We are committed to implementing the expert panel's recommendations. But unfortunately—and contrary to all the claims that were made up to that point—the opposition leader continued to be negative about those recommendations and about implementing those initiatives. It was that negativity and that opposition to those initiatives which stopped that vote going through and which stopped the opposition from supporting the policy as it was developed by the expert panel. It is a sad reality of this debate that we continue to have it treated as a political football rather than, as it should be, a humanitarian challenge to this nation. And that is not a tradition that has a long history in this place; in fact, quite the contrary. It is a policy area in which the best achievements, the most humanitarian achievements, have been those that happened when this place worked in a bipartisan manner in the interests of individuals in desperate circumstances, in the interests of our international obligations and in the interests of finding solutions that would stop people risking their lives. It is not a long-established tradition of this place to see the divisive sorts of debates that we have seen in recent years in this policy area.
In talking about this debate, I just want to address an important part of that range of initiatives. I notice the framing of the matter of public importance is once again around losing control, the negative side of the debate, the attempt to create fear and uncertainty, and the attempt to create contention and disagreement. Underlying that raft of recommendations there was a very important initiative, and I very much welcomed it. That was the part that increased our humanitarian intake to 20,000 people. I would remind the House that in June last year the Leader of the Opposition said:
… what we have offered to crossbench members is an increase in Australia's refugee and humanitarian intake from the current level to 20,000 a year within three years…
The next day the member for Cook stood beside the Leader of the Opposition at a media conference. He said:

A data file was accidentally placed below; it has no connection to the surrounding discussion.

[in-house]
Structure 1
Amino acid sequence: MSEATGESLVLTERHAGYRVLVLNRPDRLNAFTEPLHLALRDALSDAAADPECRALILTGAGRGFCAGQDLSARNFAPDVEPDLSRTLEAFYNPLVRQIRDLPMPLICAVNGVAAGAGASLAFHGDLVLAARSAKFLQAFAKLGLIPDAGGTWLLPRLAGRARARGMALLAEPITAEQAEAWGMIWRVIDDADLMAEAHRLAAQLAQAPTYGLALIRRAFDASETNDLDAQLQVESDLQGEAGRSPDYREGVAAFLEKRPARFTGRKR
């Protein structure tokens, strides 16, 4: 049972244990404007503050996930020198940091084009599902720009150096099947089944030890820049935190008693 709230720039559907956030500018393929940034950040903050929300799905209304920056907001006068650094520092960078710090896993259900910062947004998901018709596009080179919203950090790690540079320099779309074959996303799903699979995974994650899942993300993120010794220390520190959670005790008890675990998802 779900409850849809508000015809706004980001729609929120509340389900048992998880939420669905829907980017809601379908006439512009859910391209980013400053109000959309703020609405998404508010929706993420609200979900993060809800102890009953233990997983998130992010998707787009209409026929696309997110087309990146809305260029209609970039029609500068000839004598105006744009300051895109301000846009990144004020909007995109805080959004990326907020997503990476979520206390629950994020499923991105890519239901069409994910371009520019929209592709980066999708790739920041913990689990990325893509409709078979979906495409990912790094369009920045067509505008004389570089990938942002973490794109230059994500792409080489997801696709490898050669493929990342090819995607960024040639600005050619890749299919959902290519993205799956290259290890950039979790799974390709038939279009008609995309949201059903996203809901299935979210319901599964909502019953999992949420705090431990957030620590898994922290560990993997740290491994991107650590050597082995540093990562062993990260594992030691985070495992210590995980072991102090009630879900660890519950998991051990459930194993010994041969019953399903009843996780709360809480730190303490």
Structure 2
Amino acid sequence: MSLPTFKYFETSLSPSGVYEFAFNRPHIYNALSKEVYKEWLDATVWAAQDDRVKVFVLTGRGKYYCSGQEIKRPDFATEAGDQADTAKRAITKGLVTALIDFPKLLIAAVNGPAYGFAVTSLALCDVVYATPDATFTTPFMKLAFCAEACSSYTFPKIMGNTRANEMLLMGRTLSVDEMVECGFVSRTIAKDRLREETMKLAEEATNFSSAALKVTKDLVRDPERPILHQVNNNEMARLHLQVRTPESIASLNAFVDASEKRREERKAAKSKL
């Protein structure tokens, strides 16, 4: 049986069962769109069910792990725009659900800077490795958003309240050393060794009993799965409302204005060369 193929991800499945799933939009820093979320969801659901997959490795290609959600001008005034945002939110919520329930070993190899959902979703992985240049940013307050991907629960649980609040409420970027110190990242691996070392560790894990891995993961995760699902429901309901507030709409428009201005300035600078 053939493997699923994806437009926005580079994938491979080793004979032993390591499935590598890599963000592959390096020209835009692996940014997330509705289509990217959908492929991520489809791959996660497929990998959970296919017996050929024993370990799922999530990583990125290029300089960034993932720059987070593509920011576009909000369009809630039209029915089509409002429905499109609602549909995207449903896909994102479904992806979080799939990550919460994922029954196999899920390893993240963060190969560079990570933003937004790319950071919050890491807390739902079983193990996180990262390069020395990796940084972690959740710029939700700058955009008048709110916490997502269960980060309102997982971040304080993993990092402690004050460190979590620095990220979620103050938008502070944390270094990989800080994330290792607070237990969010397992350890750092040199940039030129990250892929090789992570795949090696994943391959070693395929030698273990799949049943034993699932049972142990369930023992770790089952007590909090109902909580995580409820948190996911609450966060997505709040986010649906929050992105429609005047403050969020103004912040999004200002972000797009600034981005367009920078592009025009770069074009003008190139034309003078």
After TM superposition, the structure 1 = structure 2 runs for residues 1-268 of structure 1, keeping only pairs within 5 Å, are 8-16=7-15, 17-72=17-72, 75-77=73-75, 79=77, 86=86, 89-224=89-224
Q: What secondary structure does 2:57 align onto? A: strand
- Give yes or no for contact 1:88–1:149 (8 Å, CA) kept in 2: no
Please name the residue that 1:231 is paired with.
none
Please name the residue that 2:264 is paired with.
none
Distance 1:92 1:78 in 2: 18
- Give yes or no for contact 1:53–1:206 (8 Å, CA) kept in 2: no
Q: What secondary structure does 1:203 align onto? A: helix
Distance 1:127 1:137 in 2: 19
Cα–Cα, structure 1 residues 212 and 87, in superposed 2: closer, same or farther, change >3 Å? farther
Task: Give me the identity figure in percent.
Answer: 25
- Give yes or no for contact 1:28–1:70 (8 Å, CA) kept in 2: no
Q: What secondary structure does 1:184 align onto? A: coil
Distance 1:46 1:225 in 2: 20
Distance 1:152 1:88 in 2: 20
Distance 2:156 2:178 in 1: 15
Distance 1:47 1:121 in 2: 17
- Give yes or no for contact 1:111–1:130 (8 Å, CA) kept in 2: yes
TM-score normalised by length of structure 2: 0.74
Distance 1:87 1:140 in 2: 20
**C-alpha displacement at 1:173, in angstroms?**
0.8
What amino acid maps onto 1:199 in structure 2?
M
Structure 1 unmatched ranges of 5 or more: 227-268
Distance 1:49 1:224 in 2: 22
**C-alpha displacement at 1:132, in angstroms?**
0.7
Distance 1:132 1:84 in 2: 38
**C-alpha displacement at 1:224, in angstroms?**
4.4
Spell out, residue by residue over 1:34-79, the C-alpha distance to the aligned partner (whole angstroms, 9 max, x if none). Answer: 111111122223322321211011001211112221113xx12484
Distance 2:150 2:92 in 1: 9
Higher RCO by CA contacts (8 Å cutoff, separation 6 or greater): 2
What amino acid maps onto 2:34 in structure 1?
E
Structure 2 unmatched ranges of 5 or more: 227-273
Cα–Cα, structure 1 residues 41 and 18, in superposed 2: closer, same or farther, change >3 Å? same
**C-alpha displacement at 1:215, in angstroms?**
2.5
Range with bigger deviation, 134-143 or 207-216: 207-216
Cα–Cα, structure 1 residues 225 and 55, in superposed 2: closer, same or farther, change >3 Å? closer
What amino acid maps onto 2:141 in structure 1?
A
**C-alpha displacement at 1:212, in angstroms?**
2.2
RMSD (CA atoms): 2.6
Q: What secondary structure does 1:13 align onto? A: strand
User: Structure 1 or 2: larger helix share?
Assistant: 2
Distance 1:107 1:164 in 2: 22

All I can say is the Greens are on record for supporting an increase of the refugee and humanitarian intake to 20,000. The Coalition offered to support that today and a range of other measures as we did yesterday and when that was put to the party room I understand in the Greens, the answer that came back from the Greens to us was no.
He was disappointed and frustrated by that, clearly—no less than we were by his reaction to our implementation of this recommendation. After we accepted the recommendations of the expert panel and lifted the humanitarian intake to 20,000, the member for Cook changed his mind—and the coalition's policy—and decided to oppose the increase.
In November last year the member for Cook told Sky News: 'No, we have made no comment on increasing the intake.' It was clearly a matter of frustration for the member for Cook that the Greens would shift their position on this issue. I would say to him: have a close look at your own shifting-in-the-wind position on this issue and understand this is a policy area that we should be treating with far more respect than that sort of political positioning. It is no different from the MPI on immigration before us today.
The member for Cook went to the issue of the 457 visas. I want to make clear that I stand here as a member of a government very proudly supportive of the skilled migration program and very determined to see its integrity maintained. That is what the issue is about—addressing the use and misuse of 457 visas. It is a clear case that goodwill of the community, broadly, in supporting all streams of migration, revolves around the integrity of the system. There is no difference when it comes to 457 skilled visas. They are there to address genuine short-term skill shortages. No-one would object to that. It is beyond me how anybody who is putting a motion such as the MPI before us today could have any issue with a system, and an increase in the integrity of a system, as that proposed by the government for 457 visas.